Market prices of twelve among the 14 kharif crops for which the minimum support prices (MSPs) were announced by the government earlier this month for 2018-19 were below their respective MSPs between June 15-July 15, 2018, an analysis by FE of key markets showed.
Market prices of twelve among the 14 kharif crops for which the minimum support prices (MSPs) were announced by the government earlier this month for 2018-19 were below their respective MSPs between June 15-July 15, 2018, an analysis by FE of key markets showed. The gap was above 20% in case of ten crops, and higher than 40% in case of three of them (see chart). The scenario confirms the fears that the implementation of the new policy of fixing for crops at 1.5 times the A2+FL costs or higher and assured MSPs would prove to be prohibitively expensive for the Centre and states and upset their fiscal consolidation processes.
FE had earlier estimated that if price to the farmer at the mandis is lower than the MSPs by 20%, the new policy’s implementation would cost Rs 1.75 lakh crore (excluding cotton and sugarcane), as it would drive the farmers to bring all their produce to the markets.
While the marketable surplus is seen to be over 80%, Icrier has estimated that if the new policy’s benefit is extended to all produces that is marketed and excluding government procurement of wheat and paddy at MSP and sugarcane sold to sugar mills at FRP/SAP, the cost could be Rs 1,13,035 crore, if market prices are lower than the MSP by 20%. If the prevailing market prices are to be used, the cost could indeed rise further.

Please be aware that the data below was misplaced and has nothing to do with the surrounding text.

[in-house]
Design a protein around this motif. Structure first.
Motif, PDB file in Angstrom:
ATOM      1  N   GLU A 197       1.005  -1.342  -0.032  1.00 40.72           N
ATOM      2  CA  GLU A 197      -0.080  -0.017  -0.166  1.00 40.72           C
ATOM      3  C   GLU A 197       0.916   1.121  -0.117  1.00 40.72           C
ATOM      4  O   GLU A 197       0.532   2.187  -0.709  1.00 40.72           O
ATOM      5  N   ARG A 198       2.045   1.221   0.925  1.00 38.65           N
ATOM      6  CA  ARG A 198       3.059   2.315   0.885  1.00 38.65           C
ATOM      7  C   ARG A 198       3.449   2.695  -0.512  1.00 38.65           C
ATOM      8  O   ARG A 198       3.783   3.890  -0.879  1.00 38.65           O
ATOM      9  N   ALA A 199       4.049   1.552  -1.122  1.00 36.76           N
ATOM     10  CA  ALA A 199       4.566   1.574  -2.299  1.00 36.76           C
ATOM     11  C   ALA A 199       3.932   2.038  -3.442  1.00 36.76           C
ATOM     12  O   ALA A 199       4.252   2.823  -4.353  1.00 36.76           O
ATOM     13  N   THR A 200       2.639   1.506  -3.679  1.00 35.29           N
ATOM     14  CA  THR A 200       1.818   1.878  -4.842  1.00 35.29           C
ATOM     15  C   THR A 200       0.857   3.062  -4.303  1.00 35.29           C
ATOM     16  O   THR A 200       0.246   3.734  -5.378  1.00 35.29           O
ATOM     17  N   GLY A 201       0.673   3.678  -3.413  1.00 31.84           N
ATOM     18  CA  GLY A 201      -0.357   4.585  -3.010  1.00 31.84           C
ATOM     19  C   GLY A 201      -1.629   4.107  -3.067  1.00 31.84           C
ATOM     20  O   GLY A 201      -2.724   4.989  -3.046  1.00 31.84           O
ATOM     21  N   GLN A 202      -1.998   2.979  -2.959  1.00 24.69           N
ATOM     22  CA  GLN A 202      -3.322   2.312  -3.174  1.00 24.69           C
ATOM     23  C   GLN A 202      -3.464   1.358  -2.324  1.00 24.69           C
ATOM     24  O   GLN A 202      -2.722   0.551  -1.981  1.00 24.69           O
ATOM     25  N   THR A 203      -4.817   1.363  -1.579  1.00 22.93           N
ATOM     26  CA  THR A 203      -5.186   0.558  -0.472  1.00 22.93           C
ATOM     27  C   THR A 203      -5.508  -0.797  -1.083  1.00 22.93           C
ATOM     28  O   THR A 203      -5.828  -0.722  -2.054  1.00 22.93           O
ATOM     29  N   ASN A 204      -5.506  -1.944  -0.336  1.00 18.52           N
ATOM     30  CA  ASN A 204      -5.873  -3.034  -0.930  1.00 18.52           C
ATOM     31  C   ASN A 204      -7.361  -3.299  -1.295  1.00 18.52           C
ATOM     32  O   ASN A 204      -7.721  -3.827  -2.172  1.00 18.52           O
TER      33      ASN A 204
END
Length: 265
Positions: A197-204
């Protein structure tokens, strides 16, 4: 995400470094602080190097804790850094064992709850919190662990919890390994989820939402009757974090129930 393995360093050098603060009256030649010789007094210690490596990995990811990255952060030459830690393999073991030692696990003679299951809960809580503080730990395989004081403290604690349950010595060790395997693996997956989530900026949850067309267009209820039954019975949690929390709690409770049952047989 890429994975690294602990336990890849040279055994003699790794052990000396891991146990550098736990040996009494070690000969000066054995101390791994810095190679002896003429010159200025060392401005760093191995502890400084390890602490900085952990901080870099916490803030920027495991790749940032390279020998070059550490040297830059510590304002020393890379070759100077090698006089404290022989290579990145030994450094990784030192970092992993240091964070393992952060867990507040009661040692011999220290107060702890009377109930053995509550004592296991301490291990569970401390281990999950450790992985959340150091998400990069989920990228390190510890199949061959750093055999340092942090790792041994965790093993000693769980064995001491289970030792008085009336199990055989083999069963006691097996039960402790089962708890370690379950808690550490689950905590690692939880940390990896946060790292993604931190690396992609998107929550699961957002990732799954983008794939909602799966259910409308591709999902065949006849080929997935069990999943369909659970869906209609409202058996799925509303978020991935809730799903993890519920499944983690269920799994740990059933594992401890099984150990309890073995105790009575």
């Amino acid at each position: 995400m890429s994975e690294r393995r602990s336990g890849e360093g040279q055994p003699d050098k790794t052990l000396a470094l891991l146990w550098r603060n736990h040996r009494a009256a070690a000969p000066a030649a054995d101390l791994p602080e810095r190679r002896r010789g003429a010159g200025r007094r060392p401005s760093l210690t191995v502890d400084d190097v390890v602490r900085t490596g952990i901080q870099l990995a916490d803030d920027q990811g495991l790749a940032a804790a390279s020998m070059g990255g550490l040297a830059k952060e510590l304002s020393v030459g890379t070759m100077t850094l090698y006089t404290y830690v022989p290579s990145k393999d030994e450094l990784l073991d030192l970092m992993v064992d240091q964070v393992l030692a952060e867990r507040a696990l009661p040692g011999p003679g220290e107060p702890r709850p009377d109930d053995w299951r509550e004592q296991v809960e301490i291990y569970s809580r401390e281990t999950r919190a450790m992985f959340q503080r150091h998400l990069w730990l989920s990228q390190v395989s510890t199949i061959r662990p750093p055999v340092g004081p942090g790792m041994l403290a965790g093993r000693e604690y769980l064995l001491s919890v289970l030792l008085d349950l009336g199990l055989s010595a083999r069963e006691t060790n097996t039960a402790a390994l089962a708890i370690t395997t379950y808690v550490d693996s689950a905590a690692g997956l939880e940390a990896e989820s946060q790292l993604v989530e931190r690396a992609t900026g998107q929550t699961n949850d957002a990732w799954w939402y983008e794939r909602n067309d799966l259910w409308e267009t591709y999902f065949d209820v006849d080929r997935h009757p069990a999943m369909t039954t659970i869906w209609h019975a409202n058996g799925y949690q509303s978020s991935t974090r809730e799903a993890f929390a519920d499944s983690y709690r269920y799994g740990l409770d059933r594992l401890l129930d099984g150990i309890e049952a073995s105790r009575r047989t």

Currently, the prices of the three main kharif pulses — urad, tur and moong — are lower than the 2018-19 MSPs by 42%, 37% and 34%, respectively. The market prices may not increase much once the new arrivals hit the market. Nafed already has more than 3 million tonne of pulses stocks and the sowing area for kharif 2018-19 is down 18% as of now, from the year-ago period.
The government is deliberating on the schemes that would ensure that farmers realise at least the MSPs and do not sell their produce in distress. Apart from a procurement-based system, it is also considering an MSP-based deficiency payment scheme (on the Bhavantar model of Madhya Pradesh), in which farmers are paid the difference between the MSP and market prices.